49 pages 1 hour read

Mary Pipher

Reviving Ophelia

Nonfiction | Book | Adult | Published in 1994

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Summary and Study Guide


Reviving Ophelia was written in 1994 by Mary Pipher, a psychologist who works with women and teen girls, studying the ways cultural norms impact their mental health. The book comprises a collection of Pipher’s essays, which are based on the interviews and focus groups with adolescent girls she conducted with her daughter, Sara Pipher. She wrote the collection to bring awareness to the cultural trauma and dysfunction experienced by adolescent girls and to assist girls and women around the world with their healing process. The book changed the way many psychologists, teachers, parents, and teens themselves viewed the struggles of adolescence and the sources of teenage depression, anxiety, and other mental health disorders. The 2019 edition was revised to include the changes that occurred over the past three decades and to examine what is still the same. It includes both original stories and new additions. The current edition is co-written by Sara Pipher, who became a writer and refugee advocate as an adult. Pipher and her daughter express concern for the wellbeing of girls in the age of sexualized media, substance use at younger ages, and constant pressure to be everything at once. They assert that girls in Mary Pipher’s generation in the 1960s, her daughter’s in the ’90s, and adolescents of today all share a common need for love, nurturing, and simplicity in their culture.

Plot Summary

Pipher opens Reviving Ophelia by talking about her cousin Polly, a girl who was vibrant and bold in her childhood but who lost herself in the challenges of adolescence. She writes this book for girls everywhere who are struggling with adolescence and their parents, who are best equipped to help them through it. She describes adolescent girls as saplings who can be blown over by the storm of youth. She then explains the concept of the self and how this self can split and be masked by a false self in adolescence. The pressures of culture, social acceptance, and adulthood loom large over girls, and many lose who they are in the process. Pipher explains the developmental considerations for adolescent girls and how it is important for therapists, parents, and anyone else who works with adolescent girls to try to help them from an empathetic and understanding perspective.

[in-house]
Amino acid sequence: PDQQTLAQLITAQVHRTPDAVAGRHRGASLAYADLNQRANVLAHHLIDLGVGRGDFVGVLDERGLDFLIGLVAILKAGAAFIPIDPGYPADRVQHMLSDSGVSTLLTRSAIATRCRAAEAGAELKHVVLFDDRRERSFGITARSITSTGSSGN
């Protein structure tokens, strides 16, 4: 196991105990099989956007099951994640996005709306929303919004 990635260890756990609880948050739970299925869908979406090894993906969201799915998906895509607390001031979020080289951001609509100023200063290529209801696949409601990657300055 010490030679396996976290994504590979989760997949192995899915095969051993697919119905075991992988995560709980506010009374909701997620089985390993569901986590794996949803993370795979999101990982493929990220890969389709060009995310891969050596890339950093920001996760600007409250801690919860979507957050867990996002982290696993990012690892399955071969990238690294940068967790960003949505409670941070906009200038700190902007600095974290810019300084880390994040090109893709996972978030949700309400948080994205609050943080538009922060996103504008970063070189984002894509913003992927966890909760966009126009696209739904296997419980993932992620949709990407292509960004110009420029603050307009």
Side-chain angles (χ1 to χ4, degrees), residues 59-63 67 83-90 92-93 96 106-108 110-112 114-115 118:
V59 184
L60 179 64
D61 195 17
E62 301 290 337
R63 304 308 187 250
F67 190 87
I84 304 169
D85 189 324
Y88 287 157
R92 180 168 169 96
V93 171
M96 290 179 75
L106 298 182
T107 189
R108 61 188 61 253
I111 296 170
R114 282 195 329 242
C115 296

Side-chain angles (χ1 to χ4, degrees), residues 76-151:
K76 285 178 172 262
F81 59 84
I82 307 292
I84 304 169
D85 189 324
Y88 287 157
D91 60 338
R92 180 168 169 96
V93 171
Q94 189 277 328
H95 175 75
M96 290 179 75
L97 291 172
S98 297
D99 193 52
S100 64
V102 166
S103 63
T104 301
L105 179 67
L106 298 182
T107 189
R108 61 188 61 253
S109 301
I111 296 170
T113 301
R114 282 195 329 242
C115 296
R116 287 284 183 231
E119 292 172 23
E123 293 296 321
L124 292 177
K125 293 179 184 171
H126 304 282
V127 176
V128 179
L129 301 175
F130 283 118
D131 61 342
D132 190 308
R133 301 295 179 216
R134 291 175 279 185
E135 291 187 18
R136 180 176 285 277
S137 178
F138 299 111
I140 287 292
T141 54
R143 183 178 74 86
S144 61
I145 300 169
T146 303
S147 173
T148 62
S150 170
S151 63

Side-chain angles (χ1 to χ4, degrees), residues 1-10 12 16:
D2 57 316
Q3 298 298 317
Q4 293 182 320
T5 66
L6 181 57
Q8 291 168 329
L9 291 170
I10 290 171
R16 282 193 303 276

Next, Pipher compares the lives of adolescent girls across the decades. She focuses on her own youth in the 1960s, her daughter’s and most of her clients’ youth in the 1990s, and adolescent girls from 2010 to 2019. She uses her own experiences, the experiences of girls she interviewed and worked with in therapy, feedback from a focus group held in the 2010s, and statistics to form her argument about the cultural impact on teenage girls. She describes the family as the root system, or support, which an adolescent girl, or sapling, must have to be healthy and happy. She explains the influence of mothers and fathers on their daughters as well as the impact of divorce.

Pipher discusses the issues that plague adolescence both in the 1990s and today. She includes descriptions and anecdotes, focusing on topics such as depression, anxiety, eating disorders, and self-harm. These are the most common mental health issues among adolescent girls and have been for many decades. Pipher also discusses the issues of drugs, alcohol, sex, and violence and what happens when they mix, explaining that youth is a time for exploration but not necessarily for addiction or submission. She concludes her book by sharing what she learned from three decades of therapy with adolescent girls and imparts a long list of possible ways to help them flourish. She asserts that cultural and political change are essential moving forward, stating that prevention is far more effective than treatment or therapy for the wellbeing of adolescent girls.

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Related Titles

By Mary Pipher